Plot Summary ( from Goodreads ) :
A chilling tale of psychological suspense and an homage to the thriller genre tailor-made for fans : the story of a bookseller who finds himself at the center of an FBI investigation because a very clever killer has started using his list of fiction’s most ingenious murders .
Years ago, bookseller and mystery aficionado Malcolm Kershaw compiled a list of the genre’s most unsolvable murders , those that are almost impossible to crack — which he titled “Eight Perfect Murders ” — chosen from among the best of the best including Agatha Christie’s A. B. C. Murders , Patricia Highsmith’s Strangers on a Train , Ira Levin’s Death Trap , A . A . Milne’s Red House Mystery , Anthony Berkeley Cox’s Malice Aforethought, James M. Cain’s Double Indemnity , John D. Macdonald’s The Drowner , and Donna Tartt’s A Secret History .
But no one is more surprised than Mal , now the owner of the Old Devils Bookshop in Boston , when an FBI agent comes knocking on his door one snowy day in February . She’s looking for information about a series of unsolved murders that look eerily similar to the killings on Mal’s old list . And the FBI agent isn’t the only one interested in this bookseller who spends almost every night at home reading . The killer is out there , watching his every move — a diabolical threat who knows way too much about Mal ’ s personal history , especially the secrets he’s never told anyone, even his recently deceased wife .
To protect himself , Mal begins looking into possible suspects — and sees a killer in everyone around him . But Mal doesn’t count on the investigation leaving a trail of death in its wake . Suddenly , a series of shocking twists leaves more victims dead — and the noose around Mal ’ s neck grows so tight he might never escape.
My thoughts on the book
Rules for Perfect Murders started off very promisingly with a great setting and an interesting premise . I especially enjoyed reading the book store descriptions and scenes which brought to mind the traditional bookstore ( not the retail chains which have taken to selling games , stationery and even accessories to cash in on our consumerist frenzy ) . Malcolm ‘ s narrative tone with his frequent references to suspense fiction titles and life of a bookseller in this digital age was very engaging . Often he threw up some very obscure authors and titles ( like Too Many Cooks by Rex Stout ) and these references had me checking out the Wikipedia page or the Goodreads page . ( While there are some books which I will be checking out , several seem to have seen the last of their heyday and I am not planning to check them out ) . Swanson has maintained the suspense quotient high throughout the book but that does not save the book ‘ s ending from becoming an absolute disaster . .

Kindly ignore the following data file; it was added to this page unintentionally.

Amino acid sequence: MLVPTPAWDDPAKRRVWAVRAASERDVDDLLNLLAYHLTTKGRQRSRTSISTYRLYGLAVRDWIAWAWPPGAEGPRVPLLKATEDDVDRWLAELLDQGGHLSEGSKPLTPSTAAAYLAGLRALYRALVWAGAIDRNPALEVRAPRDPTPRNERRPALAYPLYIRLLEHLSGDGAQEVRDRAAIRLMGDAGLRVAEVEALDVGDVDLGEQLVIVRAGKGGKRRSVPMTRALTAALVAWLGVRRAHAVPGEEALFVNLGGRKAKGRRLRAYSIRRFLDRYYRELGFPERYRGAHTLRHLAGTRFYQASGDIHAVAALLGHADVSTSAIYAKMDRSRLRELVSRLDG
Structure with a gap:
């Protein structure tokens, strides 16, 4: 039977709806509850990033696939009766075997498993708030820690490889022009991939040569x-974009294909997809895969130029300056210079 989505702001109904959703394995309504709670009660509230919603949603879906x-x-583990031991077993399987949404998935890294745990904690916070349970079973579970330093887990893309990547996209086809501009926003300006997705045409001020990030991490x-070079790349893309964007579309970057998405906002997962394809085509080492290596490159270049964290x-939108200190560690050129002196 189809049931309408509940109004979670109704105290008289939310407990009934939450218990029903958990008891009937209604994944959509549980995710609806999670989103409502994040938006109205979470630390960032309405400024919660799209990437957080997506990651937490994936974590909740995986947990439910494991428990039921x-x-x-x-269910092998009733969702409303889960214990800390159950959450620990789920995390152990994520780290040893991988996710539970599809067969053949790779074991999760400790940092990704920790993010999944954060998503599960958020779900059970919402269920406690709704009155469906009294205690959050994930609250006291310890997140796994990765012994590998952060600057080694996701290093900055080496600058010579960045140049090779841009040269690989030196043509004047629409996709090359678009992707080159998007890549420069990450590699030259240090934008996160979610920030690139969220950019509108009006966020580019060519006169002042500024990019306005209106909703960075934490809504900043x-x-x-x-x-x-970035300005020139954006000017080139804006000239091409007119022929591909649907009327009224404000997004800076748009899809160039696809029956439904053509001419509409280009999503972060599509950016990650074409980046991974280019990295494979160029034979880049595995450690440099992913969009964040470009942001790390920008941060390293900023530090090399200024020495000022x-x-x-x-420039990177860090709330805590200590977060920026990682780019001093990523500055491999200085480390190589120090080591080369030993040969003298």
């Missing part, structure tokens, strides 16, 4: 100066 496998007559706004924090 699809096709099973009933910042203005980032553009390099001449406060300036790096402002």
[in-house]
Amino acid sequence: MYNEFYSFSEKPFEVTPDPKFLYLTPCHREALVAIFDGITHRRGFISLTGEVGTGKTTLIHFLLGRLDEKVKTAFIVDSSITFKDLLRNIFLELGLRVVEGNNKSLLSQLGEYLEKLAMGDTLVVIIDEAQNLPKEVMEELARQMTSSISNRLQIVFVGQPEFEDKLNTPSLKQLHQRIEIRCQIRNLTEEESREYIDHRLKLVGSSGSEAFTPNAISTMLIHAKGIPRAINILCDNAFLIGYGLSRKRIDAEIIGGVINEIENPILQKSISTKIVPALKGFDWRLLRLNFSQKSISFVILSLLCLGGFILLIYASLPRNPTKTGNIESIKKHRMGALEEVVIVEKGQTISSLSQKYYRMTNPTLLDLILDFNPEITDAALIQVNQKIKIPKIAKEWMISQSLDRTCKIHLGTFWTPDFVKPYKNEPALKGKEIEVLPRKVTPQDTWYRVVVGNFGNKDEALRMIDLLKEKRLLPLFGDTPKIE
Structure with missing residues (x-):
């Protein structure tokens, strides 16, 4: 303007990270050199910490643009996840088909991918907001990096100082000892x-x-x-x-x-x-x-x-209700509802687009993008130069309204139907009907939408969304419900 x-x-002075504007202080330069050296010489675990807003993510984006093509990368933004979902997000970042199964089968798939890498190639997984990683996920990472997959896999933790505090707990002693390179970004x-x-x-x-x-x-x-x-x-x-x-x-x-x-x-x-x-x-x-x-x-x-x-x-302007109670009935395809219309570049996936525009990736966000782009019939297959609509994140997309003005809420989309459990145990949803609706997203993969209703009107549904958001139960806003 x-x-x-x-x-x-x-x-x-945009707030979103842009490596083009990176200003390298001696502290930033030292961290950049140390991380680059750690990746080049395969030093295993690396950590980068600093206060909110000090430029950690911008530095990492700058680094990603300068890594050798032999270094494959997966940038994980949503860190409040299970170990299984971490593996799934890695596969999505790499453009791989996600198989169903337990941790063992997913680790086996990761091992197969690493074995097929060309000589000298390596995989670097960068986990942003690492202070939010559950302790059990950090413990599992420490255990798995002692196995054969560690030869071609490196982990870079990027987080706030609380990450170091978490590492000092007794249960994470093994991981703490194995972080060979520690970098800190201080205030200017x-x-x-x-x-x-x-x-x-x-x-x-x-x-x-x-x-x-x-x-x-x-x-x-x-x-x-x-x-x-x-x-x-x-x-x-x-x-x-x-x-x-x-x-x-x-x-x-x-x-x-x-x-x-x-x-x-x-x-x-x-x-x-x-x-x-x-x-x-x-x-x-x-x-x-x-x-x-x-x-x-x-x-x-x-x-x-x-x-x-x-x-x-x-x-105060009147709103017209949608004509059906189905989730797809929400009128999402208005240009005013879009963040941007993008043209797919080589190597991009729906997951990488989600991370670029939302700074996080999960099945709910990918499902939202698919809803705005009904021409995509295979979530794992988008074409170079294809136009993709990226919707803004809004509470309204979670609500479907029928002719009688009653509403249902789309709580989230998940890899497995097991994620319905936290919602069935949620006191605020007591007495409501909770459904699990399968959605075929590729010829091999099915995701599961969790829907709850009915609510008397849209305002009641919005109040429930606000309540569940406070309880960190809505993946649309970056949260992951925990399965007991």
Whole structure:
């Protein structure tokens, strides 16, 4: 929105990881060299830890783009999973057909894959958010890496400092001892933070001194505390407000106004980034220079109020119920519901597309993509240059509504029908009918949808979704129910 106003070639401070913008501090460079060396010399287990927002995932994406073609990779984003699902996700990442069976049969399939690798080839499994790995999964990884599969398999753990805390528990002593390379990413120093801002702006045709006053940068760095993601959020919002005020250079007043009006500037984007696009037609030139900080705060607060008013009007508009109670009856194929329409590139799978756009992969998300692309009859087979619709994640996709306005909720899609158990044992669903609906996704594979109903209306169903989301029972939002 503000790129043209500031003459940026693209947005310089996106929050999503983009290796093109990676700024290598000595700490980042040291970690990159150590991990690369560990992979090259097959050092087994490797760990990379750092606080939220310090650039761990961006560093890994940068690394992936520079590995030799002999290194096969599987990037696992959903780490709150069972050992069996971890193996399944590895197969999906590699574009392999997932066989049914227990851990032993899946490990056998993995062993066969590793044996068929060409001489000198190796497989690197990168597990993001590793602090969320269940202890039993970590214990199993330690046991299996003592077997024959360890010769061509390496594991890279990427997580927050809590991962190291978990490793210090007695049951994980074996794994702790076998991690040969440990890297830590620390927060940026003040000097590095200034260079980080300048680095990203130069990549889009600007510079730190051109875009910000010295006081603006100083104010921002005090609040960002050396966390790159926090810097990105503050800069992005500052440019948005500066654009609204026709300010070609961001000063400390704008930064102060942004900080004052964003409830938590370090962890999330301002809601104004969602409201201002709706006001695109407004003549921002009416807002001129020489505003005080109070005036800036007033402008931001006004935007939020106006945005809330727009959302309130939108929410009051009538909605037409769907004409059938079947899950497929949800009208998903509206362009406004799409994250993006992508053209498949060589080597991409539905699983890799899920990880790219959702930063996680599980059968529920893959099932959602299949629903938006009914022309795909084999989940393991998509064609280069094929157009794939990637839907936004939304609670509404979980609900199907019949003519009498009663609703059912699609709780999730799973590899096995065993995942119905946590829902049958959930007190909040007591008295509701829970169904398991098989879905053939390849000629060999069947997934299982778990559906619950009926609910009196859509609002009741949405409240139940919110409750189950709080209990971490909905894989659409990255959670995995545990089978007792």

Let me explain why I hated the ending – I don ‘ t understand our crime authors ‘ obsession with ” psychological suspense ” . A random character who had seemed sane till the previous chapter turns out to be the serial killer who had discovered the joy of killing people . Duh !! Till the previous chapter , the same guy was a decent chap who seemed to have everyday problems and a regular life . Now suddenly he reveals the Mr . Hyde side and I can ‘ t buy the downright joke of a reason Mr . Hyde came into existence in the first place . I can excuse a book if it is not working out for me from the beginning – I will plod on till the 100th page to see if it shows any signs of working out . If it does not , it goes to the DNF pile . But with this book , I felt cheated . It ‘ s a sin for any crime writer to keep the reader hooked with the most delicious twists and turns and finally giving it a ludicrous finish like the one Swanson had given for this one . . .
Rating : 2 . 5 / 5
This is my first Swanson read . As this book seems to be the first in the Malcolm Kershaw series , I don ‘ t think I will be giving Kershaw a second chance . Speaking of second chances reminds me of a recent read and why second chances might not work every time . . .
A quick rant about Lucy Foley ‘ s The Guest List
I recently gave Lucy Foley a second chance seeing that she seems to be a favourite with a book blogging community . However , I was disappointed once again with her writing and the characters reminded me too much of the characters in her debut . Except for the change of setting , the characters and the group dynamics seemed to be pretty much a rip off from her previous outing . There were one or two glaring plotholes and the ending reminded me very much of the ending from Tides of Memory ( Sidney Sheldon & Tilly Bagshawe ) . The problem with Foley ‘ s writing is that she seems to pay more attention to the narrative structuring than writing – there are multiple POVs , the timeline jumps and “guess – who – is – the – victim ” style of narrative ( which Foley first introduced in her debut ) which do NOT work with the run – of – the – mill writing . . . She seems to be under the impression that the inclusion of ” mass – appeal ” elements like sexually explicit scenes , the everyday slangs and the over – the – top drama will work like a charm on her readers . And I concede that it seems to be working big time . . .
There would not be a third Lucy Foley read for me . . .
If you have already read Rules For Perfect Murders or The Guest List , let me know in the comments section about your thoughts on the books . Hopefully I will have some reads which I can actually recommend when I post the next time . Until the next review then . .